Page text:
Notwithstanding the script’s limitations, Klotz tries to communicate the loss of individuality, a feeling of isolation, and the guilt-ridden torment of one newly reflective employee through deliberate imagery elucidating the brooding nature and absence of distinguishing human traits in SC Farb’s environment. Throughout Heartbeat Detector, Klotz visually establishes a stale, male-dominated, black-suited business milieu. One of the opening scenes, in fact, shows a group of young men, all clad in black, lined up at urinals with their backs to the audience. We clearly don’t need to see their faces or learn their names—they’re all the same. And each time we are shown the offices, congregating areas, or even bathrooms of SC Farb, the lights are low, the mood is less than inviting, and the suits appear interchangeable, emphasizing the gloom and lack of individuality eating away at the company’s associates.

The only thing differentiating Simon Kessler from his nameless, uniformed colleagues is their avoidance of him at nearly all costs. Simon has likely developed a less-than-favorable reputation among his co-workers due to his prominent role in the recent company restructuring that reduced the employee base from 2,500 to 1,200 workers, and his isolation is captured with a dominant, visual clarity. Note the repeated shots of Simon framed alone against a wall or a closed curtain, or how his entry into a room causes it to conspicuously empty in a matter of moments. While the visual cues certainly provide subtext as to the mental state and professional standing of the main character, their deployment grows obvious and repetitive over an exhausting 140 minutes.

In spite of its heavy-handed techniques, however, Heartbeat Detector displays intermittent flourishes of restraint. Amalric is particularly successful at conveying the inner struggle and maddening effects of guilt. Klotz and Co. task Amalric with slowly burning away the hardened exterior of a corporate hatchetman until all that’s left is an introspective and disillusioned man with an uncertain future, and he is up to the challenge. Amalric’s ability to seamlessly make this transformation, through an understated body language that demands close examination by the viewer, provides a path through Klotz’s visual excess. Without his performance to study and admire, the film would be reduced to an endurance test. Heartbeat Detector also contains several inspired musical interludes—ranging from techno-music rave parties for the suits to esoteric, coffee shop a cappella performances—suggesting that there exists a proper and necessary way for the lost corporate souls of SC Farb to momentarily escape from their past transgressions and present shame. The filmmakers deftly weave these musical asides, as well as a handful of soundtrack selections that hit all the right notes, into the narrative structure of Heartbeat Detector, temporarily suspending the pervading melancholy shrouding the characters (and viewers) in exchange for emotionally realized but brief moments of unadulterated pleasure.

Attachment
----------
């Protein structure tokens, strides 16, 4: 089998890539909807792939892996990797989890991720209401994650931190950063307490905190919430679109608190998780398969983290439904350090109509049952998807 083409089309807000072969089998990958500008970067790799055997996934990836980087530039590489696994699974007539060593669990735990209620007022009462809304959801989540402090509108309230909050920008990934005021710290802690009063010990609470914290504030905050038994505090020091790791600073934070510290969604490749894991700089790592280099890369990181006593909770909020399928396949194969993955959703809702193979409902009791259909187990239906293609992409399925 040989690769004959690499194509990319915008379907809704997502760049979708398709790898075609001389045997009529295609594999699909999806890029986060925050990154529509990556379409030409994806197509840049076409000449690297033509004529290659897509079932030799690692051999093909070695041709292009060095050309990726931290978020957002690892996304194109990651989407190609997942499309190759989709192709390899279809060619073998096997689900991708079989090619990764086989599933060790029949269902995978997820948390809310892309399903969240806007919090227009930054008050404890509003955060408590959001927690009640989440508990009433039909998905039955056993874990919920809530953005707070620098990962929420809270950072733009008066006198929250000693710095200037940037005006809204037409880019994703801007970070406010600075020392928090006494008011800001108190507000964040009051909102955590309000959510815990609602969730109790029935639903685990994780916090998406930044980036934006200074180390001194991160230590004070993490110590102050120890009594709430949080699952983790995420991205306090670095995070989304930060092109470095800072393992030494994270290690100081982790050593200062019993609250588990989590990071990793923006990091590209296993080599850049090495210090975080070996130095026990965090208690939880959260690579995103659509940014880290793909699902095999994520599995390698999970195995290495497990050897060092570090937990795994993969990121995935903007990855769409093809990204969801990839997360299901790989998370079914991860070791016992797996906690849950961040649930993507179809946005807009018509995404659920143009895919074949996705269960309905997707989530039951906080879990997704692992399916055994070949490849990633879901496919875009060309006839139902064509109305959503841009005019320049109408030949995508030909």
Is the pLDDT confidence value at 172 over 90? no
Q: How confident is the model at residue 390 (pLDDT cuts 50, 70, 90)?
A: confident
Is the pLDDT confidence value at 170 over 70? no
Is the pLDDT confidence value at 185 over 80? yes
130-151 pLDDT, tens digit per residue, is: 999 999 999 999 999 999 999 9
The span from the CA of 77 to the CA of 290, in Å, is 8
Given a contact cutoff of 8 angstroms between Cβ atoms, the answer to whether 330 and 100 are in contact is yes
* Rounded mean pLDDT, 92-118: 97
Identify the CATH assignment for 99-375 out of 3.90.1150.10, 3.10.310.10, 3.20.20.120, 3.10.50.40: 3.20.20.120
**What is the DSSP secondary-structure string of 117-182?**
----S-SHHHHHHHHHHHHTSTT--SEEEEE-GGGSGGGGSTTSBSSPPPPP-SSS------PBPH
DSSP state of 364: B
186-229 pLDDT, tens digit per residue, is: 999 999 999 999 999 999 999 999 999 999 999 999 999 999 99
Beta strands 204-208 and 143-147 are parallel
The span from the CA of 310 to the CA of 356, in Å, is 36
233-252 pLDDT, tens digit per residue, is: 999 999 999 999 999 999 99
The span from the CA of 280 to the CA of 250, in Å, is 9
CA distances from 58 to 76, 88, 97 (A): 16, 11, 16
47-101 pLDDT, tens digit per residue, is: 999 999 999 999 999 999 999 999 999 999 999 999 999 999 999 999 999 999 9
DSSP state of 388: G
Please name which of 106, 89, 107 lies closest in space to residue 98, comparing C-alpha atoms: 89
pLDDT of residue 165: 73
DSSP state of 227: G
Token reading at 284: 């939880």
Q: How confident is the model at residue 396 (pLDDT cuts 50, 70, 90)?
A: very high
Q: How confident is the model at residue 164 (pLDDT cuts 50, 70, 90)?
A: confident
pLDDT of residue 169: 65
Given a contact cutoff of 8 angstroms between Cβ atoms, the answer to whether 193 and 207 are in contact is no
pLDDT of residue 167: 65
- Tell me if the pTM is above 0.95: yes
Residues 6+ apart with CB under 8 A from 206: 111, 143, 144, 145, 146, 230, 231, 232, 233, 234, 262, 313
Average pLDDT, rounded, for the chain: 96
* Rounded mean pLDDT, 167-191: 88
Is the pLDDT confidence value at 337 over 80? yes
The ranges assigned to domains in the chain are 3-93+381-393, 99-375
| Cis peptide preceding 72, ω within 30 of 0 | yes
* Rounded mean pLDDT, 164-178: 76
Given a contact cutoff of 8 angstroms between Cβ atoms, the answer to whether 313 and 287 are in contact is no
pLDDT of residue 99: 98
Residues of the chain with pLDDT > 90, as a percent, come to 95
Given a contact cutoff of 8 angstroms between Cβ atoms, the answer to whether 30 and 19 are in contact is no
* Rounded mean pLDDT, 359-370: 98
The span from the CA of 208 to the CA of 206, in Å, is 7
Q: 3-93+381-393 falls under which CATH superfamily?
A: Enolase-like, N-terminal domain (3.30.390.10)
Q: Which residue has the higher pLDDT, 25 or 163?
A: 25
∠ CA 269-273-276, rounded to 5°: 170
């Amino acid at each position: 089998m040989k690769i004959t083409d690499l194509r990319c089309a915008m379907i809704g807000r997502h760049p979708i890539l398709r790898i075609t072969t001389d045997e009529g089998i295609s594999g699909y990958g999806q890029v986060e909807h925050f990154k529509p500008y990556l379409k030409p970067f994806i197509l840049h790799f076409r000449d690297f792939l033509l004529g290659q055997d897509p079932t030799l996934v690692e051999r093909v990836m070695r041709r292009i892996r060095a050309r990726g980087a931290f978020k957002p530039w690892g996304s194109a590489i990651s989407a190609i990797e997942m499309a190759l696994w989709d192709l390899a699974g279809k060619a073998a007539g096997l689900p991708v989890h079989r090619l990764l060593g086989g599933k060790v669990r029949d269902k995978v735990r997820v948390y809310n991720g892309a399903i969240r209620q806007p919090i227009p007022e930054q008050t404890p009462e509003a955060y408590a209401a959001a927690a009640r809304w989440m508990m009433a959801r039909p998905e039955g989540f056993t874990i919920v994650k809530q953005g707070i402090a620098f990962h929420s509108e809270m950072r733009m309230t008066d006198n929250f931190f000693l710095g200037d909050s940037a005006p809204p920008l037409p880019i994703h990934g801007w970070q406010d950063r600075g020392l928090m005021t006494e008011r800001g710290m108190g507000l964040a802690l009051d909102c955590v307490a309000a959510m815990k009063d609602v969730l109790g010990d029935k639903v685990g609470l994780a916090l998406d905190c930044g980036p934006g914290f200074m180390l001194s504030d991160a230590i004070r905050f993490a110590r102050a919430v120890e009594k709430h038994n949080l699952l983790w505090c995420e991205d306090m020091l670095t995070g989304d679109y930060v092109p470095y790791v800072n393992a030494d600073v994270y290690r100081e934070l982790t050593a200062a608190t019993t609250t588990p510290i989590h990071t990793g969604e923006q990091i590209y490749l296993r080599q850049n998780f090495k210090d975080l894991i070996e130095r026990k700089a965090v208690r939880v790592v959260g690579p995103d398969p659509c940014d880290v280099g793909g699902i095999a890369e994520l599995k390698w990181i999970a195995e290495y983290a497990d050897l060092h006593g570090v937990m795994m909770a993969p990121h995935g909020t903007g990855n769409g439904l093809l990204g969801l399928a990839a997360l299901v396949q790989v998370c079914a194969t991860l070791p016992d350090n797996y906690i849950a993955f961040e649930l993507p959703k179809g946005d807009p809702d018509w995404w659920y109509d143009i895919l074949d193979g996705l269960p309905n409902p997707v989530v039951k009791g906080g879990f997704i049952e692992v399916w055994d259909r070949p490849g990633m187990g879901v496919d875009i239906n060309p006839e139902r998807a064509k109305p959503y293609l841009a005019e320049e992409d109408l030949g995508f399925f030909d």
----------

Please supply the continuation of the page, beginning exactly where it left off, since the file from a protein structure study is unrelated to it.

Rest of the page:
Yet the virtues of this moribund movie quickly fade upon the arrival of whatever blatantly symbolic image is just around the next corner: whether it be a display of tribal masks on the wall of Karl Rose’s office (perhaps a souvenir from a privileged excursion to a third-world country), the obsessive hand-washing behavior of Matthias Jüst (they’ll never be clean enough, Mr. Jüst), or the recurring shots of SC Farb’s industrial exhaust, once again paralleling past and present death. While obsessively focused on visual metaphor, conveyance of narrative detail through the spoken word, and laying the groundwork for the film’s startling analogy, Klotz fails to properly emphasize the lives of the people themselves. It’s bitterly ironic that in a film entitled Heartbeat Detector, evidence of a cinematic pulse is very difficult to find.